37. This discussion… has revealed to me that I’m a glovaholic. I currently have around 12 pairs and they don’t “all look just the same”. Each type is uniquely qualified for a particular garden task. Or at least that’s what I tell myself when I’m at the point of sale. And they keep making better, more specialized ones! And cheaper!

    I’m really not not obsessive about any other garden tools – I just love my glove.

  38. Well, it’s boring, but I always wear gloves when weeding. Coaxing those taproots from the ground requires hand protection!

    Also, I do wear gloves while cleaning litterboxes at the animal shelter. I think that is just…weirdness, on my part, because we have a cat too. Moreover, it requires me to remove said gloves to cuddle and snuggle the cats, which I do frequently.


  39. I don’t wish to be considered for the gloves, since I rarely wear them in the garden; but this whole topic reminds me of a lovely quote from Beverley Nichols’ gardener Oldfield (who never wore gloves) in “Sunlight on the Lawn.” He said, “…a man don’t put on gloves when he makes love to a woman. No more he should when he tends a rose.” This has been a very enjoyable post and great comments.

  40. Dahlings! Do they (Ethel’s gloves) come in red, to match my red stilettoes? I don’t think I can possibly use them if they don’t (however, I would be willing to try after dark). My neighbours would be absolutely appalled if I were to venture into the garden improperly dressed, and most gardening gloves are sooooooo ugly and don’t harmonize with my garden attire, not one teensy bit.

  41. Please pardon this second post — I just _had_ to comment again, especially since I made such a point about _always_ taking gloves into the garden with me.

    Tonight, during my post-office, pea-harvesting, apres martini tour du jardin, I ecshewed my beloved purple glovies and popped those peas off the vine without protection. Hey, I took them with me — just didn’t wear them. Now, with chagrin, I write, with the burning wound of a redwood splinter in my knuckle. (Redwood? Peas? Think raised beds. And still no pictures. Please — I’m gardening, not modeling.)

    Insects have this all figured out: Exoskeleton good! Endoskeleton? It’s good for us larger kritters, but kinda worthless against splinters. (This brings up another question: What happened to all those three-foot-long prehistoric dragonflies? Hey, we think of these things after a stout Friday-nite cocktail.)

  42. I absolutely always wear gloves when pulling wild parsnip. This is no laughing matter. Get the juice of wild parsnip anywhere on you, and it will give you blisters and burns. So I not only wear gloves, but a long sleeved shirt and long pants. I usually somehow wind up with a blister on my neck. Guess I should add bandana to the list.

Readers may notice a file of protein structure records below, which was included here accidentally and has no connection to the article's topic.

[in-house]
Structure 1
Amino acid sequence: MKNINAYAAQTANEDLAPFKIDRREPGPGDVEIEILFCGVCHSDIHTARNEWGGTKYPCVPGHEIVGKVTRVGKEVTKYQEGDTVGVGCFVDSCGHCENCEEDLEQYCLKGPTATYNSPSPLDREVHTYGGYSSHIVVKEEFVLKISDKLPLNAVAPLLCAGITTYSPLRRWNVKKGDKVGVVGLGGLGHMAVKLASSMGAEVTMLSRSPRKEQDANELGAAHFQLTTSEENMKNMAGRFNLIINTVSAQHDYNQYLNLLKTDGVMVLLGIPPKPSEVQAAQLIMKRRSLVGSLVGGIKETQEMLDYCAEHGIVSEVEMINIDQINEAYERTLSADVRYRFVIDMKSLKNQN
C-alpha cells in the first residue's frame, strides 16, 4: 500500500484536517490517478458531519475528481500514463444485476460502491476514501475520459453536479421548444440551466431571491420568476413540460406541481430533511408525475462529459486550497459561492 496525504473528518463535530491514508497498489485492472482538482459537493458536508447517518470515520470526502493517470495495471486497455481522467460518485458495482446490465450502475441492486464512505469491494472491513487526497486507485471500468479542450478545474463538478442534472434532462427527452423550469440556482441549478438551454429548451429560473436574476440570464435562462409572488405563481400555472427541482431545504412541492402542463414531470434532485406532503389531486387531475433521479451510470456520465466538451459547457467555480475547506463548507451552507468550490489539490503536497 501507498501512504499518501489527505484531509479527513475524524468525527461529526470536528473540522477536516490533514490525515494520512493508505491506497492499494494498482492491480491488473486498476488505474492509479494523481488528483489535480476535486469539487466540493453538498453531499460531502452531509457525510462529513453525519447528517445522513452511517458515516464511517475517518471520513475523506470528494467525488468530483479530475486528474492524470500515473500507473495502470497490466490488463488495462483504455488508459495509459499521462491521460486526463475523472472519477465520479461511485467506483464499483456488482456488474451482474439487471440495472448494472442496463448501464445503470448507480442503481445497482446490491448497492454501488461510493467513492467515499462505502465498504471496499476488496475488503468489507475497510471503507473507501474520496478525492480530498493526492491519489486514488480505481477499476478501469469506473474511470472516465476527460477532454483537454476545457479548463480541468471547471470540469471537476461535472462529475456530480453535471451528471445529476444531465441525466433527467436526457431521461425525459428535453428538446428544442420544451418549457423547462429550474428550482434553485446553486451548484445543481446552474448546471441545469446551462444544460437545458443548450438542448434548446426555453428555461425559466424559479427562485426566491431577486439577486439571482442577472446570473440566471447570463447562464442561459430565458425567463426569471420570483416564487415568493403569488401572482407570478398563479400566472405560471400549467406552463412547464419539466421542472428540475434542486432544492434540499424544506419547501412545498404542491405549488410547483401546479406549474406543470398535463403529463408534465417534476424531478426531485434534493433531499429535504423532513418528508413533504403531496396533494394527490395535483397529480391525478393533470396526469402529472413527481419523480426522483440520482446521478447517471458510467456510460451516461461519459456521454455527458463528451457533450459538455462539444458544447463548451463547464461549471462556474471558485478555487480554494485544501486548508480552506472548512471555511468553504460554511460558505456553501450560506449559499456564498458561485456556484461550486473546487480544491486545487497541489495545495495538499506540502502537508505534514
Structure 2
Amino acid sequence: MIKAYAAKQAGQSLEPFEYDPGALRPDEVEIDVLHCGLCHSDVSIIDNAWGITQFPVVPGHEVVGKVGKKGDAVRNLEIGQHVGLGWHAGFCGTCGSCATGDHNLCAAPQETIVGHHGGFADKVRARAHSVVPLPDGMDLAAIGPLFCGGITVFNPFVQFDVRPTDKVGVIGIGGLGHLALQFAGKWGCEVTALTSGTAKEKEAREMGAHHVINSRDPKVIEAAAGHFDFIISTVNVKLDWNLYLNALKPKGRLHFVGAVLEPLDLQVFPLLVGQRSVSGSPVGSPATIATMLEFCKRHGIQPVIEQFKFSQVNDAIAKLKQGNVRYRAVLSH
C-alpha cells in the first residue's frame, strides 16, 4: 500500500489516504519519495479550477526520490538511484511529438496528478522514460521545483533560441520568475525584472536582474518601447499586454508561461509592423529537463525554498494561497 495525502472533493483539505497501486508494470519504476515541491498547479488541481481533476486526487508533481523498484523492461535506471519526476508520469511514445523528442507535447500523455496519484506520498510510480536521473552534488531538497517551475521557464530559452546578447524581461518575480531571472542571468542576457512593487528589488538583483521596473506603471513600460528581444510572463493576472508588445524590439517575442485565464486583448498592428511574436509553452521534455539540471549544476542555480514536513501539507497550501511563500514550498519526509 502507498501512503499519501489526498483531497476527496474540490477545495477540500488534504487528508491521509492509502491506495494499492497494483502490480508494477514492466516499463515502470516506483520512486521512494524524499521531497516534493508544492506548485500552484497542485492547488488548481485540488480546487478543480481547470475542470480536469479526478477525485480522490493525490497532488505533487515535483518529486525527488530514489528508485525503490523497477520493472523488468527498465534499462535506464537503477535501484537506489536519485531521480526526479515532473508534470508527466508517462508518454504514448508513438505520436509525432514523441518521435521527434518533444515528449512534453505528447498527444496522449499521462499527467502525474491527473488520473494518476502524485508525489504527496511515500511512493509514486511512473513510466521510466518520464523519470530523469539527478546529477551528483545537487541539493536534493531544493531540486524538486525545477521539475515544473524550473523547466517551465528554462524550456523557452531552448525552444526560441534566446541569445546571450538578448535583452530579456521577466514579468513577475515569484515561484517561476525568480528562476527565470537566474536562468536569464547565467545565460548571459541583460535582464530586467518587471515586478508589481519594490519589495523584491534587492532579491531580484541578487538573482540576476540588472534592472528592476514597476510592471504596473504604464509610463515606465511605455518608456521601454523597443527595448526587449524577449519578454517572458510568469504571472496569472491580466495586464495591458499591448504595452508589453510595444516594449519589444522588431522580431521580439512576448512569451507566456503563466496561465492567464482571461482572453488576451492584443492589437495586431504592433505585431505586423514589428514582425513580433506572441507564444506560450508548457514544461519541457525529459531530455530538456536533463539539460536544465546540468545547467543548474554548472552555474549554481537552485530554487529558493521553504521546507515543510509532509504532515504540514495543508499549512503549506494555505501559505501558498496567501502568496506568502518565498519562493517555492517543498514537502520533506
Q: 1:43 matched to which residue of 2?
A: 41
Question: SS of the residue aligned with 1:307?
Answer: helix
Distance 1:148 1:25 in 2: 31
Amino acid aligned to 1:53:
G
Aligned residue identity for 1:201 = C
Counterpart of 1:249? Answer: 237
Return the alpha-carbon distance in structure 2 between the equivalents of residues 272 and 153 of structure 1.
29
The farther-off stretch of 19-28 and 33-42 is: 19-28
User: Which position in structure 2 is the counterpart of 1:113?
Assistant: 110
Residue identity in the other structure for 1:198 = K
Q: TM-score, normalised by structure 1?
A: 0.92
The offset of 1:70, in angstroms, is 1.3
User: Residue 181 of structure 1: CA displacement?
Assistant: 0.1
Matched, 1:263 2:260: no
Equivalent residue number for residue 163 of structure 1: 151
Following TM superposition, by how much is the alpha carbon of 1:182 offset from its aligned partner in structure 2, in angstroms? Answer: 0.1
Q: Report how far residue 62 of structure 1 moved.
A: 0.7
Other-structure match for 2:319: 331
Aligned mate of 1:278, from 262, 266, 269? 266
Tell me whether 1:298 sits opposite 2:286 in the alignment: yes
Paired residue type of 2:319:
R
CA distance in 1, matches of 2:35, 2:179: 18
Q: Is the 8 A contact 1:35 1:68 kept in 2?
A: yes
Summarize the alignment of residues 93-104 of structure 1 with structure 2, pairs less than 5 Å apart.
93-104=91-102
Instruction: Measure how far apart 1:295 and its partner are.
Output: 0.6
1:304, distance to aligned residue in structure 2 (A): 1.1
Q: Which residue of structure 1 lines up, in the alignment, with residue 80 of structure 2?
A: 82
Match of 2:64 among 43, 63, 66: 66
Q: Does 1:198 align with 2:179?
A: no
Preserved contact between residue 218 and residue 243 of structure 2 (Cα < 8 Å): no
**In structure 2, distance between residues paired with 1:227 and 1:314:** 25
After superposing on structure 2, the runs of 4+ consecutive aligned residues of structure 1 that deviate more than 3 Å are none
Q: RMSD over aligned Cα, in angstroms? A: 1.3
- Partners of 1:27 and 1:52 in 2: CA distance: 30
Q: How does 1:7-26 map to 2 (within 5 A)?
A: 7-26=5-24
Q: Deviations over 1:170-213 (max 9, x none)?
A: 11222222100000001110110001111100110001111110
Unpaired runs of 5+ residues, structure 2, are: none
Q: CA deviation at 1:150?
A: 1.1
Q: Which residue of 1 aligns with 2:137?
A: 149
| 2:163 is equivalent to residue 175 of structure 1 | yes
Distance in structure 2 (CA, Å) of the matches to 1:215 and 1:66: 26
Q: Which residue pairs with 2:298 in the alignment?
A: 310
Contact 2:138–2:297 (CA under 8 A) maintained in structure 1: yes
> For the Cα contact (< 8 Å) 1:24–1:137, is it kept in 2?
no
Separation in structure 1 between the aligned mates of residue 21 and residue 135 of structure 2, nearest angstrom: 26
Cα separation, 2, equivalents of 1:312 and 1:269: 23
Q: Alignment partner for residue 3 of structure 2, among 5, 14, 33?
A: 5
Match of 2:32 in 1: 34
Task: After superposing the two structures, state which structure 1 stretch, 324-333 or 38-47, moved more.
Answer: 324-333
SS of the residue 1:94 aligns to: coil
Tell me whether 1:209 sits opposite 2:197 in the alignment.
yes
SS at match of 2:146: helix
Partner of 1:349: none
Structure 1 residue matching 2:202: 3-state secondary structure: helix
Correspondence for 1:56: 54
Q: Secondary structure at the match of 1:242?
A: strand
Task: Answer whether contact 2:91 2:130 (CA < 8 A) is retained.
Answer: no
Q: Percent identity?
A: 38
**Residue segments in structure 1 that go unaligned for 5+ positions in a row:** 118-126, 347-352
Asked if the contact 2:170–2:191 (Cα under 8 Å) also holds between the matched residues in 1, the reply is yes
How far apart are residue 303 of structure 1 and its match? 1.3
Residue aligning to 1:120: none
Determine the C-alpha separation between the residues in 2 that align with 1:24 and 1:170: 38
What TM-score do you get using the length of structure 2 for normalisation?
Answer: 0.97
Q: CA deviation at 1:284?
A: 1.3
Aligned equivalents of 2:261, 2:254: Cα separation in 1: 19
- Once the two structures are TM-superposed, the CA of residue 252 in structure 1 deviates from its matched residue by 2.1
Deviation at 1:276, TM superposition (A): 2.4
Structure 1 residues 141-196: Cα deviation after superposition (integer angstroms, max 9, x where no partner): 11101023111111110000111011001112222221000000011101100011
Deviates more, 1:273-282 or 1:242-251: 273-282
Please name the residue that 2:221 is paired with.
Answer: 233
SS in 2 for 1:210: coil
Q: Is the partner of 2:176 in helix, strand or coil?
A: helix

43. Cheap 5.99 Pink Atlas Fit Gloves are hole proof and machine washable. No sweat either. They’re like sock’s, though. One often comes up missing. My husband prefers me barefoot and natural. I’m finding I like it that way.

  44. No bare feet! I made a faux paw. We don’t like hig heels! Hot garden shoes should keep your toes clean, your back aligned, and give you the ability to stomp on a shovel.

  45. I need the gloves for the bedroom. I am a younger gardener; I don’t remember a time before AIDS. Therefore, it was drummed into our heads- No gloves, no love.

  46. Gloves my darling, are always required when ducking into little spaces between the stone retaining wall that might contain surprise mice, spiders, and other unexpected surprises.

  47. I wear gloves for anything that requires my hands to touch dirt and it’s not because I’m worried about the dirt getting under my nails although I must admit that that is extremely annoying. It’s because of the bugs! I can’t stand anything that’s wriggling, crawling, buzzing, flying, or looking at me. They freak me out and if they touch me I have to wash my hands to get the “ick” off. As we all know, insect life is everywhere outside so I won’t even pretend that I’m capable of doing work out there without protective gear on my hands.
    Also, on the occasion when we find a bird or animal of some kind that has left this world I not only use a shovel to dispose of it but I must wear gloves while using said shovel. Then afterwards I disinfect the shovel. Yes, I know. I have problems.

  48. Once a blood-letting member of the propagation team at a local rose nursery, I was among the ranks of hardy cutting-takers. Real gloves were frowned upon. Instead, we proudly bore tanlines from the electrical tape that wrapped the thumb and fore-finger of each of our left hands. Avon’s Silicone Glove hand cream and those lanolin-scented tins of greasy bag balm helped sooth the resulting wounds. We were certainly scarred but didn’t have to deal with the smelly, sweat-sock odours of hands in damp gloves.

    But there is one thing for which gloves are essential now that I live in a wet west coast town. Even though my gardening is limited to a patio these days, gloves must be worn for picking off slimy slugs for their rapid, organic, extermination, lest one be covered in gelatinous slug-ooze.

    Even the least girlie of us gardening kind can’t help but “ew!” at the feeling of a four-inch slug against one’s skin!


  49. When we bought our house, the previous owners left several potted cacti, each over 5 ft tall. I’m sure they’ll need re-potting at some point, and I haven’t found a pair of gloves that will allow me to even weed around them without getting poked, much less re-pot them.

  50. Although I would love to garden au naturale I wear gloves for most gardening for one reason and one reason only…black widows. I always say, if you want to see a black widow give me 5 minutes…I’ll find you one. And although I have several pairs of red shoes, stilettos are sadly missing. The heels would just sink into the soil.